};

module.exports = { getAdminsHandler };
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Import getAdminsHandler and getAdminsSchema into your routes/admins.js as objects.

Now save your files and test your new route.

There is a route I am going to skip, that is getting an admin, if this API was for production, I definitely would have made it. But it's not so we wouldn't need it.

Register an Admin

Let's create accounts for our new admins. So far I believe you have grasped a lot about creating routes with Fastify, so I am going to speed up the process a little bit.

I will just show you what your schema should look like and what your handler should do.

Schema

const registerAdminSchema = {
  body: {
    type: 'object',
    required: ['username', 'email', 'password'],
    properties: {
      username: typeString,
      email: typeString,
      password: typeString,
    },
  },
  response: {
    200: typeString,
  },
};
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Handler

const registerAdminHandler = (req, reply) => {
  const { username, email, password } = req.body;
  const id = admins.length + 1;

  admins.push({
    id,
    username,
    email,
    password, // you can hash the password if you want
  });

  reply.send('Account created successfully');
};
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Log in Admin

When we log in an admin, we would send a token to the client. This token will be generated using JsonWebToken (JWT). It is only with this access token the user can access protected (private) routes.

There are currently no protected routes, but we would make some posts' routes private in a moment.

First, let's see what the schema for this route should look like and how the handler should function

Schema

const loginAdminSchema = {
  body: {
    type: 'object',
    required: ['username', 'password'],
    properties: {
      username: typeString,
      password: typeString,
    },
  },
  response: {
    200: {
      type: 'object',
      properties: {
        token: typeString,
      },
    },
  },
};
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Handler

// at the beginning of the file, import jwt and assign to a variable
const jwt = require('jsonwebtoken');

const loginAdminHandler = (req, reply) => {
  const { username, password } = req.body;

  const admin = admins.filter((admin) => {
    return admin.username === username;
  })[0];

  if (!admin) {
    return reply.send("This admin doesn't exist");
  }

  // check if password is correct
  if (password !== admin.password) {
    return reply.send('Invalid credentials');
  }

  // sign a token
  jwt.sign(
    { id: admin.id },
    'my_jwt_secret',
    { expiresIn: 3 * 86400 },
    (err, token) => {
      if (err) reply.status(500).send(new Error(err));

      reply.send({ token });
    }
  );
};
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The first thing we did was bring in jwt, you should install it first if you haven't. Use npm i jsonwebtoken to install it.
Then we did some verification to make sure the user exists and the given password is the correct password.
Lastly, we signed a token that will expire in three days with a payload of just the admin's id, you can add username and scope if you want.

If we had used it with a database and then had to get the data asynchronously using async/await we would have run into some Fastify errors. This is what I mean

const loginAdminHandler = async (req, reply) => {
  const { username, password } = req.body;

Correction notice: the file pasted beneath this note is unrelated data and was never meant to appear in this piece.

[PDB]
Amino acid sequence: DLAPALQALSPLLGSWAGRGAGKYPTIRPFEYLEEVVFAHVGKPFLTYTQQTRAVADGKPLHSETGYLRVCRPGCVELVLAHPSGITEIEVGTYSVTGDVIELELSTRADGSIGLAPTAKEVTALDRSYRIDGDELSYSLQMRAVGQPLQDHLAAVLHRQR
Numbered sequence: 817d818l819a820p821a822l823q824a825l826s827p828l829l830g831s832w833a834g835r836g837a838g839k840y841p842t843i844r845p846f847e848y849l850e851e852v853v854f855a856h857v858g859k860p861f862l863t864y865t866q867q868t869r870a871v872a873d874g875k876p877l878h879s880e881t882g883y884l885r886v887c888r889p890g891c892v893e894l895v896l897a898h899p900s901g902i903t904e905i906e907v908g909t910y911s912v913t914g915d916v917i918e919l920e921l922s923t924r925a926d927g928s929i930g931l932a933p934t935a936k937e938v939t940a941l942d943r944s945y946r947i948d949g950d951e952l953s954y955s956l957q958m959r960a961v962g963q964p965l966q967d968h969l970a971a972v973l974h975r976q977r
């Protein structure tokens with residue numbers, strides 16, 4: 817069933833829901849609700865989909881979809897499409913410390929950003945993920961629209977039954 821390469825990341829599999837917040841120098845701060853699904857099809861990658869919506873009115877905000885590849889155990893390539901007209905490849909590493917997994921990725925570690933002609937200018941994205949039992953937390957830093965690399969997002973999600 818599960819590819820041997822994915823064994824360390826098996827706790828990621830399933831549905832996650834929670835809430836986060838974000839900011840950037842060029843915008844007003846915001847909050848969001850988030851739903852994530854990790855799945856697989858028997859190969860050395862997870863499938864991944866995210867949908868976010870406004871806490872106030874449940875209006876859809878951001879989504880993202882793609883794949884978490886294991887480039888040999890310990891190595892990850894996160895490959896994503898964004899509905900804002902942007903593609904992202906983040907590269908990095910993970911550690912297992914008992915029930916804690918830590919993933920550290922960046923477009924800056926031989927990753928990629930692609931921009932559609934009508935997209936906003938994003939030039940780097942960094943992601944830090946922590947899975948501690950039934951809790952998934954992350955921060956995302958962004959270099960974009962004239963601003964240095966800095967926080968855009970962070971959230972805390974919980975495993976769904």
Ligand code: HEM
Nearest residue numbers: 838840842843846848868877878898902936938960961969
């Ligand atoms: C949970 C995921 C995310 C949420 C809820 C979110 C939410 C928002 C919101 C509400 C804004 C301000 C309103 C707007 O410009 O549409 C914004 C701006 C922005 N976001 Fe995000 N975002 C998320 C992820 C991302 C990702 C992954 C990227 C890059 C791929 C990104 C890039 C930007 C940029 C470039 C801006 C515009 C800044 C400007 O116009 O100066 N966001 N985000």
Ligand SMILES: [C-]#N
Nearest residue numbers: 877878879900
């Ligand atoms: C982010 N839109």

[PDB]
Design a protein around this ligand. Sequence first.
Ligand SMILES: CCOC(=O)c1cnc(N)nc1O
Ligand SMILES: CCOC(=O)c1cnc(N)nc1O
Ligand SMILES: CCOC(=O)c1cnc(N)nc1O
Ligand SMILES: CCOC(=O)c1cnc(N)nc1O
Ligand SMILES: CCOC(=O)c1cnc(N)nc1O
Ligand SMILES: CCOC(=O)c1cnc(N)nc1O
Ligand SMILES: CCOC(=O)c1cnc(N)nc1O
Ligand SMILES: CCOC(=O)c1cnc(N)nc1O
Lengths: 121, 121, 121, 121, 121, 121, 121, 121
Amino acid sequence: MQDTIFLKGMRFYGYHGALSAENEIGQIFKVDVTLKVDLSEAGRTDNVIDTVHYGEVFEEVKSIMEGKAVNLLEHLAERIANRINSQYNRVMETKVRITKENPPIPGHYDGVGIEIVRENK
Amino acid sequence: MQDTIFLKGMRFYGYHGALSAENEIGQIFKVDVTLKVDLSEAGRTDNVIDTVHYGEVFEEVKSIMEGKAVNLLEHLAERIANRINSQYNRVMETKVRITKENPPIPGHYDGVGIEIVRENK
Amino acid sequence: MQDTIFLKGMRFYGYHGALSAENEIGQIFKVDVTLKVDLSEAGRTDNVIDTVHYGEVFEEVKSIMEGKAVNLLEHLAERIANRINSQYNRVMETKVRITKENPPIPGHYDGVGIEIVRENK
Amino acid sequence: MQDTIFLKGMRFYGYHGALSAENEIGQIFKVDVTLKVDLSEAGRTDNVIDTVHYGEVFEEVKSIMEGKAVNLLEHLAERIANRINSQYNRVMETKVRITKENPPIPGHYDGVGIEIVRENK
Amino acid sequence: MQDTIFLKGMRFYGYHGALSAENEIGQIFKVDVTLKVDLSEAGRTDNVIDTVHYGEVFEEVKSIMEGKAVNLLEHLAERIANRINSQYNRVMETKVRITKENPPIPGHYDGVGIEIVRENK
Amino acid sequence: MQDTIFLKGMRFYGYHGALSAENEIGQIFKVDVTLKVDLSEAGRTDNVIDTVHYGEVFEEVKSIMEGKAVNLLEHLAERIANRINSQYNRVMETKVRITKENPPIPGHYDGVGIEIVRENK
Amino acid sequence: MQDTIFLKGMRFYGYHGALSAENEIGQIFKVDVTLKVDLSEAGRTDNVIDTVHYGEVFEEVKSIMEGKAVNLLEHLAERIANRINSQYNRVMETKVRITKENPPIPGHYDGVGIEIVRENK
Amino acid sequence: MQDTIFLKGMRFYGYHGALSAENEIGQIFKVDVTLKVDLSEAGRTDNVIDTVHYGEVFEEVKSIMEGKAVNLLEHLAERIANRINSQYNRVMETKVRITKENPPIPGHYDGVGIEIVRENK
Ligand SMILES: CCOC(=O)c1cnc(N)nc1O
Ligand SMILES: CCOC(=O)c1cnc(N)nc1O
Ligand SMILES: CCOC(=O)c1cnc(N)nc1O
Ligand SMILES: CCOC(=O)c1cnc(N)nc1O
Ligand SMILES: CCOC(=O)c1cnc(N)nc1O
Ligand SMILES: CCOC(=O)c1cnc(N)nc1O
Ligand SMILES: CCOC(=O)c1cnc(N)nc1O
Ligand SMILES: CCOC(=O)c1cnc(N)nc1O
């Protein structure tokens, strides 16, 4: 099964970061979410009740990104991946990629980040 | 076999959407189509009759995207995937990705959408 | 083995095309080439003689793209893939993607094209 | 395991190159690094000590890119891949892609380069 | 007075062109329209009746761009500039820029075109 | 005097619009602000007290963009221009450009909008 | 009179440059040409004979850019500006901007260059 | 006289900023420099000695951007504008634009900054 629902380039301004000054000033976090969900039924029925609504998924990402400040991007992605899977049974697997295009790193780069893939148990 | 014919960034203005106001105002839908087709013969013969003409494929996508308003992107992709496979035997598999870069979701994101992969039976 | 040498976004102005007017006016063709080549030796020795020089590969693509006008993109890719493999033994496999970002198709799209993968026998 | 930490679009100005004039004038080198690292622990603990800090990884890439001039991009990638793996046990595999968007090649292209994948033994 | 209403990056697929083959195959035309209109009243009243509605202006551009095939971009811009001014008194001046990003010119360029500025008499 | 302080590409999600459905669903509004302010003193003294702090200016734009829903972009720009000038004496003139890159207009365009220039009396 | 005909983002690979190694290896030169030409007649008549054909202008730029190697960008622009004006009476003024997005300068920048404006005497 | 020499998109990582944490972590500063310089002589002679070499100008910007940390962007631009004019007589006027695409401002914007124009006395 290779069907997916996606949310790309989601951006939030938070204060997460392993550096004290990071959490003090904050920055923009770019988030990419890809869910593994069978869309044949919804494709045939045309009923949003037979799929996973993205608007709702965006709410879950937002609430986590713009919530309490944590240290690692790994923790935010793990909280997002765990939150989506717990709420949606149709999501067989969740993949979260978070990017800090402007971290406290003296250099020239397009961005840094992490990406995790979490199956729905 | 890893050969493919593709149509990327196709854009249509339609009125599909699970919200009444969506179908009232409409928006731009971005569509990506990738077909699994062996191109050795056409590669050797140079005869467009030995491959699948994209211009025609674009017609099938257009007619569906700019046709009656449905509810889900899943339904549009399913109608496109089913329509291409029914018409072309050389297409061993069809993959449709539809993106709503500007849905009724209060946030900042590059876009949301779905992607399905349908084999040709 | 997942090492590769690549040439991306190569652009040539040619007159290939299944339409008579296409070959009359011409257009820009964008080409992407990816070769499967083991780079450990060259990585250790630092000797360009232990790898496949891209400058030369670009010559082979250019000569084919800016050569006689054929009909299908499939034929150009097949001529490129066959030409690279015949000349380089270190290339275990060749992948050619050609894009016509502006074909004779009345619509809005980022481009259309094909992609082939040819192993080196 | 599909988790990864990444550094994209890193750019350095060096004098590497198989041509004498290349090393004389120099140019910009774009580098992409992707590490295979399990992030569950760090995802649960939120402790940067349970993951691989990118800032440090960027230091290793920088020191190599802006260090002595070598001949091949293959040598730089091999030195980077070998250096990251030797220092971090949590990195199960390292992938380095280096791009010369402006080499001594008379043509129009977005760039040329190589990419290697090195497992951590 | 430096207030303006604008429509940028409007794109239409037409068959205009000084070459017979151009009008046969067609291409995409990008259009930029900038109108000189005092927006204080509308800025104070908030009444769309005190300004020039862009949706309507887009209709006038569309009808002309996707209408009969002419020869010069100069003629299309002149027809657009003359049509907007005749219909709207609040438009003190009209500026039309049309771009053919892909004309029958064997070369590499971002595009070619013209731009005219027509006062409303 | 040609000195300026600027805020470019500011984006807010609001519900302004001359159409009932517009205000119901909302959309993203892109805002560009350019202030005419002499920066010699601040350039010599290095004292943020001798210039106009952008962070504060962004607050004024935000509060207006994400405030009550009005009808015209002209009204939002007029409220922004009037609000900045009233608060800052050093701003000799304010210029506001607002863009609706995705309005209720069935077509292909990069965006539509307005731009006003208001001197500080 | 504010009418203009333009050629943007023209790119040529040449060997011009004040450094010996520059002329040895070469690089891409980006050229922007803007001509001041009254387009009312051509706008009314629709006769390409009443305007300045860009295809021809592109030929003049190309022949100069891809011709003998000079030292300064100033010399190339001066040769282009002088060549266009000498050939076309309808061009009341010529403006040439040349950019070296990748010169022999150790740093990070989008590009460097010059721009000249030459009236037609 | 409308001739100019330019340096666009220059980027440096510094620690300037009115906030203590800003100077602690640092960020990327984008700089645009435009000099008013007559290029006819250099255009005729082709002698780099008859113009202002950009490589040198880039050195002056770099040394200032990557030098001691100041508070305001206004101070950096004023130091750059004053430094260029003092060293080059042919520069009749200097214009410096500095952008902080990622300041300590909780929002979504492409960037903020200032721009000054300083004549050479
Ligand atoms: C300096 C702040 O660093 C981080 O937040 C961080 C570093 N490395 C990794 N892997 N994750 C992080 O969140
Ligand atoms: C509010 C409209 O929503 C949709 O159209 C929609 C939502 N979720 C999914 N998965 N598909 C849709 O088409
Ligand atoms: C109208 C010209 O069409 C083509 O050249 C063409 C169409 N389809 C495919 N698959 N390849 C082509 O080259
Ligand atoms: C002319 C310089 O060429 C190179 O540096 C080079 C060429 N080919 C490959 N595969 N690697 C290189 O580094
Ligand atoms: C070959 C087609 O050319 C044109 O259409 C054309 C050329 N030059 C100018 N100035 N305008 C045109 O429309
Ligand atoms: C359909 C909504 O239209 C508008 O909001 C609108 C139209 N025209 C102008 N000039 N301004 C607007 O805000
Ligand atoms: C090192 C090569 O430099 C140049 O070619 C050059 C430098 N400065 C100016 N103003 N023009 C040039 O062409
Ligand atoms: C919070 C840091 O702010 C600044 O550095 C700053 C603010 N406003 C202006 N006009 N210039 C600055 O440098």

try {
    const admin = await Admins.findOne({ username }); // assumming we used mongodb

    if (!admin) {
      return reply.send("This admin doesn't exist");
    }

    // check if password is correct
    if (password !== admin.password) {
      return reply.send('Invalid credentials');
    }

    // sign a token
    jwt.sign(
      { id: admin.id },
      'my_jwt_secret',
      { expiresIn: 3 * 86400 },
      (err, token) => {
        if (err) throw err;

        reply.send({ token });
      }
    );
  } catch (err) {
    console.log(err);
    reply.status(500).send('Server error');
  }
};
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You should note that the token we are signing is being done asynchronously. So that means our reply.send is inside an async function that is inside another async function. This can confuse Fastify to give you an error like this:

Fastify asyncawait error

Solving this is simple. We just need to tell Fastify to wait for a reply in an async function. We usually do this in the root async function i.e down the try block add await reply. That will solve the problem.

So you would have something like this

const loginAdminHandler = async (req, reply) => {
  const { username, password } = req.body;

  try {
    const admin = await Admins.findOne({ username }); // assumming we used mongodb

    if (!admin) {
      return reply.send("This admin doesn't exist");
    }

    // check if password is correct
    if (password !== admin.password) {
      return reply.send('Invalid credentials');
    }

    // sign a token
    jwt.sign(
      { id: admin.id },
      'my_jwt_secret',
      { expiresIn: 3 * 86400 },
      (err, token) => {
        if (err) throw err;

        reply.send({ token });
      }
    );

    await reply;
  } catch (err) {
    console.log(err);
    reply.status(500).send('Server error');
  }
};
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Making Private Routes

This is the simple part. Some of our routes are going to be restricted to a specific type of users. These routes are from the last article I made. Go check it out.

Private Routes
/api/posts/new : adding a post
/api/posts/edit/:id : updating a post
/api/posts/:id : deleting a post

These are the routes we will make private.

What makes a route private is the authentication that restricts unauthorized users from gaining access. If access is granted, these users can perform any action within the routes with the same authentication.